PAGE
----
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Social Inequality Left Its Mark on 5,000-Year-Old Alpine Village

This 5,000-year-old wooden door was found in a village buried on the shores of Lake Zurich in Switzerland.
This 5,000-year-old wooden door was found in a village buried on the shores of Lake Zurich in Switzerland. (Image credit: Bleicher & Harb, Antiquity,

Archaeologists think they've spotted traces of social inequality in a 5,000-year-old village that was buried on the shores of Lake Zurich in Switzerland.

The prehistoric settlement was uncovered during the construction of an underground parking garage near the Parkhaus-Opéra in Zurich.

"When the construction started, we expected only minor archaeological remains if at all, but were suddenly confronted with the largest excavation with waterlogged preservation in the area for 30 years," Niels Bleicher, an archaeologist with the city of Zurich who led the excavation, told Live Science. [Photos: 4,000-Year-Old Artifacts Found in Swiss Alpine Pass]

During the Neolithic period and Bronze Age, people lived in pile dwellings (homes on stilts) along bodies of water in the Alps. Hundreds of these villages have been found across Europe. The waterlogged sites often have ideal conditions for the preservation of organic materials such as wood and textile, which typically don't survive in the archaeological record.

Over the course of nine months in 2010, about 60 workers dug at the site in Zurich, which covered an area nearly the size of two football fields. They found thousands of artifacts, from ceramic pots to wolf-tooth pendants to the wooden remains of walkways and houses that once stood on stilts over the marshy shores of the lake. They also found an astonishingly intact, 5,000-year-old wooden door that may be among the oldest in Europe.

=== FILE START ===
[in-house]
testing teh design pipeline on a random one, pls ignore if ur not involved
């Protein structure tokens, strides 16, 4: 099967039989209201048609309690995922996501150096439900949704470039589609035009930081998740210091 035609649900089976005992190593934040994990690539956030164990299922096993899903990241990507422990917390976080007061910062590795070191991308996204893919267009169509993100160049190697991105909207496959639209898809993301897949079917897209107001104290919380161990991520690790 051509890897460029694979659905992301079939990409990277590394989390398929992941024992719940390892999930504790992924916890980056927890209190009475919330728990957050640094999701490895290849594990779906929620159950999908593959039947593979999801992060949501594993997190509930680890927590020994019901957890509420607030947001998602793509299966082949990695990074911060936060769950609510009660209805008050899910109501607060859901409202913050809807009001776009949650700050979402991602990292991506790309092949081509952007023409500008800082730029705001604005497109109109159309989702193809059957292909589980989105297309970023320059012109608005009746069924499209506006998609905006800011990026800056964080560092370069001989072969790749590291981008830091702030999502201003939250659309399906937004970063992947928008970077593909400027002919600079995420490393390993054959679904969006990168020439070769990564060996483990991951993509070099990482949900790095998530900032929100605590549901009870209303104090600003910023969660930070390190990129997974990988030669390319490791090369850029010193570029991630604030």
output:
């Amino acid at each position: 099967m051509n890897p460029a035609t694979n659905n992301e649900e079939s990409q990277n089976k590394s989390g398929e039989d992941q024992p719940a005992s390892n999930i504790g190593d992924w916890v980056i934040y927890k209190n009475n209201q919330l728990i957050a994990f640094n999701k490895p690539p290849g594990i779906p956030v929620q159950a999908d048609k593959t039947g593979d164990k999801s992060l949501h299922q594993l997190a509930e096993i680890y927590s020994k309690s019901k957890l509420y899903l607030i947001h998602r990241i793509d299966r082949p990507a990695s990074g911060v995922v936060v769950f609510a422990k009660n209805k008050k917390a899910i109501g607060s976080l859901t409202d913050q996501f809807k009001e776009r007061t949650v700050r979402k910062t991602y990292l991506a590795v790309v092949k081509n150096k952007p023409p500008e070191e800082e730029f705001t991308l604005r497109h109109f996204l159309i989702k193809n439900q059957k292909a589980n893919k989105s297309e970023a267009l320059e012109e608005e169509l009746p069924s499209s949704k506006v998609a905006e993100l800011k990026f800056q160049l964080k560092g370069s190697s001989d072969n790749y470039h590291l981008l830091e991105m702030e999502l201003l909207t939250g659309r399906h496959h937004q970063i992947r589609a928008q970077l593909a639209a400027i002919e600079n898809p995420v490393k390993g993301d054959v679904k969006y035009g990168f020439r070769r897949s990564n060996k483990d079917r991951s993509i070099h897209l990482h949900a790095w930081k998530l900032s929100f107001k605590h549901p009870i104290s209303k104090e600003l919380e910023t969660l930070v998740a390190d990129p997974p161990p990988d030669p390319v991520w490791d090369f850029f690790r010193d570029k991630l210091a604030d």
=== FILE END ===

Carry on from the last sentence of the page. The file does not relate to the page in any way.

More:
In a new report published Oct. 26 in the journal Antiquity, Bleicher and his co-author describe how this village wasn't exactly a fixed place but something that shifted and moved over time.

"Every eight to 15 years or so, these settlements were abandoned and the house groups reorganized to form new settlements," Bleicher told Live Science. Between 3234 B.C. and 3060 B.C., the groups of houses tended to be arranged in quarters within a settlement.

"These were strictly organized with parallel houses in rows," Bleicher said. And the zones had some significant differences. For example, during one phase of the settlement, a zone the researchers labeled Sector A held the largest houses. Sector B did not contain any bear-fang pendants or high-status axes like the other zones did. Sector A and Sector B were also separated by a fence of thin poplar posts.

"We were very surprised to find that within one settlement, people built a fence to segregate themselves from the adjacent quarter," Bleicher said. "Such ostentatious social segregation is something nobody really expected in the late fourth millennium B.C."

The door was found inside a phase of the settlement that was used between 3176 B.C. and 3153 B.C.; Bleicher said its construction is impressive.

"It is important as a source of information on technical skills of Neolithic people, which are still often seen as some dumb brutes," Bleicher said. "I don't know many people today who could come up with such a wonderful technical solution to make a wooden door without planer, screw and nail or water-resistant glue."

Original article on Live Science.

Megan Gannon
Megan Gannon
Megan has been writing for Live Science and since 2012. Her interests range from archaeology to space exploration, and she has a bachelor's degree in English and art history from New York University. Megan spent two years as a reporter on the national desk at NewsCore. She has watched dinosaur auctions, witnessed rocket launches, licked ancient pottery sherds in Cyprus and flown in zero gravity. Follow her on Twitter and Google+.